Sarah Atlee


I am an artist, and I use cartoons. My work consists mainly of images that communicate to the viewer through recognizable forms. I also use text to help tell my stories. I often create visual elements that function in place of text or information. I use a third visual tool, a hybrid descendant of images and words: the cartoon. Cartoons, once situated at the margins of visual discourse, now have a place in the fine art world. There are comics and animated television shows created for adult audiences. There are gallery and museum shows of work influenced by cartoons, not to mention exhibitions of original comics from early in cartoon history. Antique dealers buy and sell animation cels. The high-low culture dichotomy is no longer dogma. In this essay I will examine how other contemporary artists use cartoons, and how their practices have influenced my own work. Many artists of the past century have invented their own pictorial languages, and incorporate elements of popular visual culture. Artists today continue to do this through the use of recognizable cartoon elements. Four artists who have been influencial for me – Gary Taxali, Jeff Soto, Gary Baseman, and Saul Steinberg – share this cartoon language. There are many themes in my work that would make appropriate topics for this thesis. I choose cartoons because they are the most relevent to contemporary visual culture. At first glance it may not seem that I create cartoons per se. But there are identifiable characteristics of cartooning that I find useful: the synthesis of words and imagery, the use of stylized line to create simple but idiosyncratic forms, and the recognizability of cartoons as an avenue for communication. In the course of researching material for this thesis, I was unable to find in-depth discussions of cartoons as they pertain to our understanding of language in general. It is agreed that contemporary artists use cartoons, and the history of cartoons and comics are widely discussed. But the hows and whys of this usage are not. I hope to explore aspects of that idea here. I have attempted to place the significance of my own work in a cultural context through the language of cartoons. Cartoons are a viable visual language, an effective tool of communication, and an important idiom in our culture. They are simple, yet very powerful. Their omnipresence in our culture speaks to their adaptability. Artists use cartoons because they say something. They are visually compelling, and they come packaged with certain messages. The language speaks.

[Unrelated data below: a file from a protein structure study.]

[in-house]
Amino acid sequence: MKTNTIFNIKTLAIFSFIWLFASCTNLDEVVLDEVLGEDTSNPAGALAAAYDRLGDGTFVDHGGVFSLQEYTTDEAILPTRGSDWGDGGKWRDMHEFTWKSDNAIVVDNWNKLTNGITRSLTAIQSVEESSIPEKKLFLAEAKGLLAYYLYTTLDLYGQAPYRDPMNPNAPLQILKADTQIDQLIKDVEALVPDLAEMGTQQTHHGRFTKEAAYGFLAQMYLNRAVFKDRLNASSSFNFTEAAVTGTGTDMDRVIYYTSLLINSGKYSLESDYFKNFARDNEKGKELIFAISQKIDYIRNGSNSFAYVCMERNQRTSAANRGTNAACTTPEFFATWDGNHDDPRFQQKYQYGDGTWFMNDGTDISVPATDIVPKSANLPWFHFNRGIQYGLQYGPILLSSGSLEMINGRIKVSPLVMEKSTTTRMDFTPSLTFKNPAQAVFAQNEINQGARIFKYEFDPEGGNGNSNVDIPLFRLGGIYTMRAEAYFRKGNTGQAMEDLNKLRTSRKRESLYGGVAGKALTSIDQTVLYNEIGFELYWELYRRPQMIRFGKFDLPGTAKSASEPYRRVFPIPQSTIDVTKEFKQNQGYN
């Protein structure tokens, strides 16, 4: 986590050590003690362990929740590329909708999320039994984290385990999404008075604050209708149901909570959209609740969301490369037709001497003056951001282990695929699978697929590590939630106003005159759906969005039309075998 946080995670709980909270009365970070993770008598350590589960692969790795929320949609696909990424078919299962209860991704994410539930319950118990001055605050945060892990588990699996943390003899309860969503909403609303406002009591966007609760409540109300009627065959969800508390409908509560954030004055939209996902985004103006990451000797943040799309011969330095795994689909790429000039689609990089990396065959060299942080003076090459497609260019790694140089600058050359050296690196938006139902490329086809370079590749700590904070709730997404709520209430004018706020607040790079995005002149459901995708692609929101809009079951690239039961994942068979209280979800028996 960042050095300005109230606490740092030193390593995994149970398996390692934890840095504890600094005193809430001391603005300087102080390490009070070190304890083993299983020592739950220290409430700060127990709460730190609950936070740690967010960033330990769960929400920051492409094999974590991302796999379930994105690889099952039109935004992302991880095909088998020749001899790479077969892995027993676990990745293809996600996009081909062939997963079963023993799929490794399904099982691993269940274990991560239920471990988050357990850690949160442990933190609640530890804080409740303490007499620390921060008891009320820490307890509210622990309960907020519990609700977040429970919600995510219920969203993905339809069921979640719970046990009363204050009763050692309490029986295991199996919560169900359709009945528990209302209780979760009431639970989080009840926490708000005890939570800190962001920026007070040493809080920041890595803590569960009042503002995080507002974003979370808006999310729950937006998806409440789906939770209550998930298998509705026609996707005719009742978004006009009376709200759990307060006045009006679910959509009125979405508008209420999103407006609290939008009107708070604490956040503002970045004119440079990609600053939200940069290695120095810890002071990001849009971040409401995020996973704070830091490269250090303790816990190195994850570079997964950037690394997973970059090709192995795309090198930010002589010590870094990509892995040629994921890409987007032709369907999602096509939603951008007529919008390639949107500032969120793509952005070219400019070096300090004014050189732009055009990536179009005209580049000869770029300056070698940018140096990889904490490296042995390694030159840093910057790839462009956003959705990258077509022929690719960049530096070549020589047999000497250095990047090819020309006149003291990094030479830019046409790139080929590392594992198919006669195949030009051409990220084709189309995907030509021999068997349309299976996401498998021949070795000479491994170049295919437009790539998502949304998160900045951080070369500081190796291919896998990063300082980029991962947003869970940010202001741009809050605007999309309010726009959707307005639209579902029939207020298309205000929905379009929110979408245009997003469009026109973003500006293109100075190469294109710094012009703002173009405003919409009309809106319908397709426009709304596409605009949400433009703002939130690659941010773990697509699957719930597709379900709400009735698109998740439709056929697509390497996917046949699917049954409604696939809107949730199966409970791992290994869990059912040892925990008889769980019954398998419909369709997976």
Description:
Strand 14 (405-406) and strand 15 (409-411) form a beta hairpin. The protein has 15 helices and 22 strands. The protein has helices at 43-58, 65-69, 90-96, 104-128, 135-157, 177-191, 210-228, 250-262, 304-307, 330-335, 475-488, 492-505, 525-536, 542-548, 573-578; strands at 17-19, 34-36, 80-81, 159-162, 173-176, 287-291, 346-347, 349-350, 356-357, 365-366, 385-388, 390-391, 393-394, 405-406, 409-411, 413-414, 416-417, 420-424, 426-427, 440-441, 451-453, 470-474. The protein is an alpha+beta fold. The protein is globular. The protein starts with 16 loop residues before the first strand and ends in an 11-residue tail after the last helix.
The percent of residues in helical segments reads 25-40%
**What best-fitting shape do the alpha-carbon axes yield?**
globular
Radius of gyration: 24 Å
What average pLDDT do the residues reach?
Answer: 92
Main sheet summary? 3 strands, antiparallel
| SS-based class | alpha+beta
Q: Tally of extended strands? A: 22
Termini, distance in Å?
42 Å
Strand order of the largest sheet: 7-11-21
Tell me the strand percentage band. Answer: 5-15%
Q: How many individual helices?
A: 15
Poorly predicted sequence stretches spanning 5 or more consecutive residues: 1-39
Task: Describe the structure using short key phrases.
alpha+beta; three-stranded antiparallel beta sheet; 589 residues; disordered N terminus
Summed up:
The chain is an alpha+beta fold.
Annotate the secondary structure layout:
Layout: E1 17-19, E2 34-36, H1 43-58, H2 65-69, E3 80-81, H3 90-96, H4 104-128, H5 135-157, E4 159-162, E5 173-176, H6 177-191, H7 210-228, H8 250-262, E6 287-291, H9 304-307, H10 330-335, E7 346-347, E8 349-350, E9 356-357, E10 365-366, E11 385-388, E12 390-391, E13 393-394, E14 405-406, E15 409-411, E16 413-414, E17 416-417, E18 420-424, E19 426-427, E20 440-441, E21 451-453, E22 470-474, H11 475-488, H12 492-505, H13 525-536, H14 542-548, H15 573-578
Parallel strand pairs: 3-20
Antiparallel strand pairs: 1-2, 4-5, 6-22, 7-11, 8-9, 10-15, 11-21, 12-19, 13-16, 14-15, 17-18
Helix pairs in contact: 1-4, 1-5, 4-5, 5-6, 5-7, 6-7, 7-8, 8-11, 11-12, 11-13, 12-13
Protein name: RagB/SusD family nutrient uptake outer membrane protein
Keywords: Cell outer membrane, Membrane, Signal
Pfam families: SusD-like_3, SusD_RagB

Library of Congress Subject Headings

Painting, American--21st century; Painting, Modern--Technique; Painting, Modern--Themes, motives; Caricatures and cartoons

Publication Date


Document Type


Department, Program, or Center

School of Art (CIAS)


Dorsey, Robert

Advisor/Committee Member

Heischman, Robert

Advisor/Committee Member

Cole, Bob


Note: imported from RIT’s Digital Media Library running on DSpace to RIT Scholar Works. Physical copy available through RIT's The Wallace Library at: ND237.A84 A35 2006


RIT – Main Campus